They left me at this fort and said that the driver would return in an hour and a half to pick me up.  I tried to say it was ok, but they said no taxis come here so that's how it would be.  I could not believe their kindness.

The Bahrain Fort or Qal`at al-Bahrain (قلعة البحرين‎) as well as the fort of Nader Shah, the Persian king, is an archaeological site located in Bahrain. It is composed of an artificial mound created by human inhabitants from 2300 BC up to the 18th century, including Portuguese and Persians. Among other things, it was once the capital of the Dilmun civilization, and served more recently as a Portuguese fort. For these reasons, it was inscribed as a UNESCO World Heritage Site in 2005.

Qal`at al-Bahrain is a typical tell — an artificial mound created by many successive layers of human occupation. The strata of the 300×600-metre tell testify to continuous human presence from about 2300 BC to the 16th century AD. About 25% of the site has been excavated revealing structures of different types: residential, public, commercial, religious and military. They testify to the importance of the site as a trading port over the centuries. On the top of the 12m high mound, there is the impressive Qal`at al-Burtughal (Portuguese fort), which gave the whole site its name, qal`a, meaning fort. The site was the capital of the Dilmun, one of the most important ancient civilizations of the region. It contains the richest remains inventoried of this civilization, which was hitherto only known from written Sumerian references.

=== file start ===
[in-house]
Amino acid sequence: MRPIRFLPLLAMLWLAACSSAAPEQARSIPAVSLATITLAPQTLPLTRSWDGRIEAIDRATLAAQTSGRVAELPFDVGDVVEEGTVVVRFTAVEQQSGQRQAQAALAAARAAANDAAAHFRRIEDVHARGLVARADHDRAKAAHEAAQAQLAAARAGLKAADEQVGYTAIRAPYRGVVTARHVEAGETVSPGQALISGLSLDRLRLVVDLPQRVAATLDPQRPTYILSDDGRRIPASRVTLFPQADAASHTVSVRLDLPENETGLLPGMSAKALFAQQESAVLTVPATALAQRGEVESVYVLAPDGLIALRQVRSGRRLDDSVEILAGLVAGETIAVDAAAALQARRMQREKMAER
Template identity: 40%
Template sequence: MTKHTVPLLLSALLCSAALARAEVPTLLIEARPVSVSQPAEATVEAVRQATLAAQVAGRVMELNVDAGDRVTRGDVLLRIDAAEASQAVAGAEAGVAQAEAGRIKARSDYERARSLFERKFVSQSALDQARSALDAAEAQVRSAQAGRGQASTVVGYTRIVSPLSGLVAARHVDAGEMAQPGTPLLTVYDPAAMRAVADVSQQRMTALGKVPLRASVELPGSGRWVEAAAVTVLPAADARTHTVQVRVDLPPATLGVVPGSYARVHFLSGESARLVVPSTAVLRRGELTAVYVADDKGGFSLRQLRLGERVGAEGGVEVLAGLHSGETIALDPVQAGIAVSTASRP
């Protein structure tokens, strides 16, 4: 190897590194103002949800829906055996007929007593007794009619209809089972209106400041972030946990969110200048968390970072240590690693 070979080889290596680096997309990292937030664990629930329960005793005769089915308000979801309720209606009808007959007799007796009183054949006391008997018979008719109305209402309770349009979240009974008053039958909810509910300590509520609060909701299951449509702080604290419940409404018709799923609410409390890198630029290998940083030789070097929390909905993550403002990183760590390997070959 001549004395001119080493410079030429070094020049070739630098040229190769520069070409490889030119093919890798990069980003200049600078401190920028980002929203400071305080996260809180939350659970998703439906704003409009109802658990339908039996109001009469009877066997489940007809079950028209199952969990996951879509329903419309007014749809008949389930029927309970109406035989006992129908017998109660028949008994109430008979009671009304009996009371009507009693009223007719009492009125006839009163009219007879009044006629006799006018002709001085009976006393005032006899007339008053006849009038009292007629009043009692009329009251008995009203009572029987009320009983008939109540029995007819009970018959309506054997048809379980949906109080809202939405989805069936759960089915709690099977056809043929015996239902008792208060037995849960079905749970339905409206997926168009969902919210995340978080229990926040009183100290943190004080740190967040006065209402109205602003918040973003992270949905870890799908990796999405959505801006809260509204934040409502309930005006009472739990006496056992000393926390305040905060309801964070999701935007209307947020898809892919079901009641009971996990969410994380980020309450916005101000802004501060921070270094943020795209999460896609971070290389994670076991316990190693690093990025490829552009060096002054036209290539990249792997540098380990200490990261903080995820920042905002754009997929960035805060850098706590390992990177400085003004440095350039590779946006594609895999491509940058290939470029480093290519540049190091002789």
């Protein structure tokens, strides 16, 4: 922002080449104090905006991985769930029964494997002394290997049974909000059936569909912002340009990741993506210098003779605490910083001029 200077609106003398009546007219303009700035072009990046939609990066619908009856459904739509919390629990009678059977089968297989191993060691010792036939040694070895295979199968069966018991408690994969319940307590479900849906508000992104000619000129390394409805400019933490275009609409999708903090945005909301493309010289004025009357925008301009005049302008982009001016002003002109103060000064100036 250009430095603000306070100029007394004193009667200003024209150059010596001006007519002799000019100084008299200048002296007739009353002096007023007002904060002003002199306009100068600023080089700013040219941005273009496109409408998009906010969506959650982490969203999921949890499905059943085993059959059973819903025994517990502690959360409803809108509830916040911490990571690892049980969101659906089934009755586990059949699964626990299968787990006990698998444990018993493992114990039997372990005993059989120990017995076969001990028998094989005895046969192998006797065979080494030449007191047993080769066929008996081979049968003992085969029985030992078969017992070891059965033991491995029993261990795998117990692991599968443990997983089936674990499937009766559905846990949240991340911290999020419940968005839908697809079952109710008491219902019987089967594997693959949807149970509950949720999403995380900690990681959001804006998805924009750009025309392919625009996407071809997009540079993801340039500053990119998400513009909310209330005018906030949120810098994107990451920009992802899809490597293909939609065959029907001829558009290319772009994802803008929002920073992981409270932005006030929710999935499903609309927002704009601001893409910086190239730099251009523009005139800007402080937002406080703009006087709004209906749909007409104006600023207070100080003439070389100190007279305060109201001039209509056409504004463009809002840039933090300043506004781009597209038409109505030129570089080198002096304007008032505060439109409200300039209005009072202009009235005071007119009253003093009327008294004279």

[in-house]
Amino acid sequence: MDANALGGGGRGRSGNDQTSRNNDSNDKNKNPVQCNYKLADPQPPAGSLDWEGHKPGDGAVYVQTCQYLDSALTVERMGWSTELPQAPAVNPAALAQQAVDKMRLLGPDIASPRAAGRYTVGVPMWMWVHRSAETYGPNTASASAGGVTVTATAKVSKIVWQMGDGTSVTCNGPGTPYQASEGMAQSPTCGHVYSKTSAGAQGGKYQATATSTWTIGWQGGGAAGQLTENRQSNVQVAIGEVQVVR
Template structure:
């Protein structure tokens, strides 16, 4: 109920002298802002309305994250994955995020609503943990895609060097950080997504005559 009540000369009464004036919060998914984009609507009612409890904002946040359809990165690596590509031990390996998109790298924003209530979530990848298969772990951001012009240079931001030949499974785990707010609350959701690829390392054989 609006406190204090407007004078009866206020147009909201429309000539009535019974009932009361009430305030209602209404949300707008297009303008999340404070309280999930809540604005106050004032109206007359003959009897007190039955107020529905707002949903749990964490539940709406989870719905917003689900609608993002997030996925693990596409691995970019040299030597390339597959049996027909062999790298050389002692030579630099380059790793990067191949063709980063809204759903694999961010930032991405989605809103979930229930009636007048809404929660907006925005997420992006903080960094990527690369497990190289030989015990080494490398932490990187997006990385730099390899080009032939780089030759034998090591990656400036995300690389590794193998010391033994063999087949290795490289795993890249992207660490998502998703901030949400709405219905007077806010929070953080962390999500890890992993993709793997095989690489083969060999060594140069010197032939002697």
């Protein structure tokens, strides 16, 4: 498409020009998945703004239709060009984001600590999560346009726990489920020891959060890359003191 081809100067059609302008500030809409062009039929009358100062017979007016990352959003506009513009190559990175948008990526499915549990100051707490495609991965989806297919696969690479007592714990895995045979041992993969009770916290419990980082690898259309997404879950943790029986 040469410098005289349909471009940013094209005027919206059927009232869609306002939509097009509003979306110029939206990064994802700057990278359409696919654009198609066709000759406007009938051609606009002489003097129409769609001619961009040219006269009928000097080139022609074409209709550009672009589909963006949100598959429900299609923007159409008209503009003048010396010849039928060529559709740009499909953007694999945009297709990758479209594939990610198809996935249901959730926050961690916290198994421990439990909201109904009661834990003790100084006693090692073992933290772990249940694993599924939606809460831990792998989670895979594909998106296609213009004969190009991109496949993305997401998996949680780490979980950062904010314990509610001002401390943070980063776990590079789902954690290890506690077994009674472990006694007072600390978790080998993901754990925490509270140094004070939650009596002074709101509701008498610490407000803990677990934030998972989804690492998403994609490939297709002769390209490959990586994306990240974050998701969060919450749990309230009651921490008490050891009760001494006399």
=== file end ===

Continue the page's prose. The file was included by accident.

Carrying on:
The fort was huge with so many passage ways and rooms.  There was also some sort of photo shoot going on, perhaps for an ad or commercial.

There was also a little museum here, Qal'at al-Bahrain Site Museum (opening hours: Tuesday-Sunday 8am-8pm, Monday closed).  The security guard told me it was closed, even though it was a Thursday.  However, the door seemed a bit open so I didn't see any harm in a quick peak.

While I waited for the driver, no clue if he was actually coming, I saw these buildings with neat paintings on them.

Their driver did come back and with him he brought a huge bag of food, including homemade Bahraini food!  I was totally shocked by all this kindness and the food was delicious.  It was a green vegetable (possibly spinach) with lamb over rice dish.  Then the driver took me to a craft market.

Capital Mall, Bahraini Handmade Products
Saturday-Thursday 9am-1pm, 4pm-9pm
Friday 4pm-9pm

This was so cool with a lot of door art, like these:

Pearl Roundabout

Manama Souq is different from Souq Waqif in Doha since cars can drive right through it...

I had given up on a pearl museum, but then a friend took me to Al-Mahmood Pearls Museum in  Yateem Centre near the souq!

This was awesome.  Then we went to an art exhibit from the Dubai Opera Gallery featuring Salvador Dali.

Kaplan Mark
Ce Soir-ci
Oil on canvas
89 x 139 cm
US$ 30700

Jean-Francois Larrieu
Deux arbres unis
Acrylic on canvas
162 x 130 cm
US$ 26800

Profile of Time
18 karat gold; 442 diamonds, 5.88 karat; 1 ruby, 0.12 karat
Price on request

Also managed to see a seal show!  The seals actually climbed through the audience and a baby seal played with some of the kids right at their seats... I don't think this would happen in the US.